Ticketmaster Summer in Stages

Ghost the Musical

Book and lyrics by Bruce Joel Rubin, music and lyrics by Dave Stewart and Glen Ballard
Bill Kenwright Productions
Opera House, Blackpool

Sarah Harding and Andy Moss in Ghost the Musical
Jacqui Dubois as Oda Mae Brown in Ghost the Musical Credit: Matt Martin
Jacqui Dubois and company in Ghost the Musical Credit: Matt Martin

It’s five years since this show premièred in Manchester, but this latest touring production suggests there’s still an after-life in the old Ghost just yet.

Now under producer Bill Kenwright’s wing it may have lost all the digital scenic effects that made it such an eye-catching attraction in the first place but it still has enough tricks up its theatrical sleeve to entertain and intrigue audiences.

Above all, though, it remains faithful to the characters and plotting of Bruce Joel Rubin’s original 1990 romcom movie, starring Demi Moore and Patrick Swayze. Not to mention continuing to include one of the 20th century’s greatest power ballads, the Righteous Brothers’ "Unchained Melody".

Against that soaring love song, it was never going to be a fair fight, even for Dave Stewart and Glen Ballard’s music and lyrics, bolted on to this musical theatre staging.

Sarah Harding and Andy Moss take the central roles, and the former Girls Aloud singer and Hollyoaks hunk would probably be the first to admit they’ve not been recruited for the strength of their vocals.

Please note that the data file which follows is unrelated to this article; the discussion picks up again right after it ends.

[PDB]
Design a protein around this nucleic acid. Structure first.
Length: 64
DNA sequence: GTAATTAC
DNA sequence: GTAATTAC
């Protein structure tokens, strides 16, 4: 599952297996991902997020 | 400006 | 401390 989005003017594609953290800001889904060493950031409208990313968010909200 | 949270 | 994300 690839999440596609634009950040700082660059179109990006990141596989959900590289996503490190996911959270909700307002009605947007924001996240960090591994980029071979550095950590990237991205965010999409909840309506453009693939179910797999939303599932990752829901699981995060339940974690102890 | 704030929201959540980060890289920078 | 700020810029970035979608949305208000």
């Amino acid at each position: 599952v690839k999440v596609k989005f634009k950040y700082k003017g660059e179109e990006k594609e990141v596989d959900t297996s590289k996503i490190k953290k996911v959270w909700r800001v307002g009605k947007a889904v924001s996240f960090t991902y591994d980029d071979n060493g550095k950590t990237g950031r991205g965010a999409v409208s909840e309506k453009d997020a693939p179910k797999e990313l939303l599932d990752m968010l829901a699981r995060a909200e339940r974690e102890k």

She was indisposed for the official opening night here but was back in place for the following day’s matinée. For someone who spent 11 years in the girl band, she’s understandably more comfortable in singing company than acting up front, while he’s not yet fully at home with having to stalk the stage, and the story, as her recently-departed boyfriend.

Their musical highpoint comes in the three-part harmonies they enjoy with Sam Ferriday as the villainous Carl.

The best character to haunt Ghost was always going to be the spiritualist go-between Oda Mae Brown. In Manchester it won Sharon D Clarke one of the city’s theatre awards. Here, Jacqui Dubois laps up the same opportunity to channel Whoopi Goldberg from the movie, and achieve the identical scene-stealing effect.

To October 15 then further touring.

Reviewer: David Upton